That would be a no

Matthew Hoy
By Matthew Hoy on May 29, 2011

And the hits just keep on coming. Debbie Wasserman Schultz was on CBS News’ “Face the Nation.” (via NRO) Do the Democrats have a plan to save Medicare?

Do the Democrats have a plan?

Smith: But the Trustees also said a couple of Fridays ago that this thing (Medicare) could be insolvent in the next decade. Doesn’t something really dramatic have to happen, and as the Congressman suggested, Republicans have a plan, do the Democrats have a plan? 

Wasserman Schultz: Like I said, the Republicans have a plan to end Medicare as we know it. What they would do is they would take the people who are younger than 55 years old today and tell them You know what? You’re on your own. Go and find private health insurance in the healthcare insurance market, we’re going to throw you to the wolves and allow insurance companies to deny you coverage and drop you for pre-existing conditions. We’re going to give you X amount of dollars and you figure it out.

I know the question you’re asking: Did Harry Smith follow-up and ask her to answer his question? Re-read the title of this post.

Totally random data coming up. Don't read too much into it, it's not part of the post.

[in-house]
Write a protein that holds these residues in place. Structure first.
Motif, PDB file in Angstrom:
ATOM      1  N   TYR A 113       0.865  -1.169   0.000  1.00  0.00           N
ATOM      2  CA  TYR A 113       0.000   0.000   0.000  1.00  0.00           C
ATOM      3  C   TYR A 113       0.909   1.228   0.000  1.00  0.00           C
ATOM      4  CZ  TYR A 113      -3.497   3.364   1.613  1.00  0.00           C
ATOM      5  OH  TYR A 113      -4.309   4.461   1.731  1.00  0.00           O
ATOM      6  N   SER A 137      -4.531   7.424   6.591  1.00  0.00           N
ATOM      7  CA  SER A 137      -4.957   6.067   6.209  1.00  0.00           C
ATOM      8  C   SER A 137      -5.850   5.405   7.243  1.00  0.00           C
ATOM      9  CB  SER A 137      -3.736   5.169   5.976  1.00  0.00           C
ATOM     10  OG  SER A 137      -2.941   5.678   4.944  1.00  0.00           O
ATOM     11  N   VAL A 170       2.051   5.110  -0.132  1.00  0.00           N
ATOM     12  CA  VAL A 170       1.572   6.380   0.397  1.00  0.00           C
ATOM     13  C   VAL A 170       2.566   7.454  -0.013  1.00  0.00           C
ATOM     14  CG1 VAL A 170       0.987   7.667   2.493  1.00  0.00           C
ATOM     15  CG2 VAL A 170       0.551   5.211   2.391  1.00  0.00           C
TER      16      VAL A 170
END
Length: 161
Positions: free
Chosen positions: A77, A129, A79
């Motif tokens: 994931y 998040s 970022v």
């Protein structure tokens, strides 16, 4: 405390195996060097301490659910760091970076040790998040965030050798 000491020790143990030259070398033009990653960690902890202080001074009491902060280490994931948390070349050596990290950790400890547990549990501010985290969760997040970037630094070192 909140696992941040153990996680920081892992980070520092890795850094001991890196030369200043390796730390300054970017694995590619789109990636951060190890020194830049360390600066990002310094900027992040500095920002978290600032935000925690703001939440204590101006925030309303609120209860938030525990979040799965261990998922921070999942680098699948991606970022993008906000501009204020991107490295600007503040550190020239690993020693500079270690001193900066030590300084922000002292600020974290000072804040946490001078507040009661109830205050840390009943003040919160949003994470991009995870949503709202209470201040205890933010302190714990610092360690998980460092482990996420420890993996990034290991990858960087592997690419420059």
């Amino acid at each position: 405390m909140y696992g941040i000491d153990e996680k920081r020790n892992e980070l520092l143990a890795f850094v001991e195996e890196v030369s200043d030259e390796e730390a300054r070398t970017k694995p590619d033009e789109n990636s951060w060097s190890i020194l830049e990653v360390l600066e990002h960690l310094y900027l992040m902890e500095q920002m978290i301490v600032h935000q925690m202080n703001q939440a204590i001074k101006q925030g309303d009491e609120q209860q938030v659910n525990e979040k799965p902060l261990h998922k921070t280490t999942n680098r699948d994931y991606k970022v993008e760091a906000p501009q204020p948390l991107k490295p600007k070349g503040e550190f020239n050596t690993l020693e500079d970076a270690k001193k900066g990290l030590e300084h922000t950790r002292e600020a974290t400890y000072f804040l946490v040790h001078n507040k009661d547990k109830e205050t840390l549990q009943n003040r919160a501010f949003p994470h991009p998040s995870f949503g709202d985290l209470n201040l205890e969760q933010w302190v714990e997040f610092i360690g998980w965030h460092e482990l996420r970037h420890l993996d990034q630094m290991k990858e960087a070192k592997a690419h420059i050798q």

Yuval Levin notes that just about everything Wasserman Schultz said about the Ryan plan was false, including “the” and “and.”

None of this is true, and it’s especially important to understand that the latter parts are not true. The Ryan plan would not leave future seniors to find insurance on their own in the private market, and it wouldn’t allow insurance companies to deny coverage or drop people for pre-existing conditions. It would continue the very reasonable practice of treating senior citizens differently than younger Americans when it comes to health care—giving them guaranteed coverage subsidized by the government at a level that would make it affordable for them. Seniors would be given a menu of approved options to choose from, all of which would be required to accept all Medicare recipients, to offer a plan with at least the level of coverage required by the Federal Employee Health Benefit Plan, and to charge all seniors of the same age the same rates. The premium support benefit that seniors get would be adjusted based on their age, their health, and their wealth (and the lowest-income seniors would get an additional pre-funded Medical Savings Account to cover remaining out-of-pocket costs).

I think most young people would gladly take that over what we’re poised to get if things stay as they do right now, which is jack squat.


[custom-twitter-feeds headertext="Hoystory On Twitter"]


May 2011



pencil linkedin facebook pinterest youtube rss twitter instagram facebook-blank rss-blank linkedin-blank pinterest youtube twitter instagram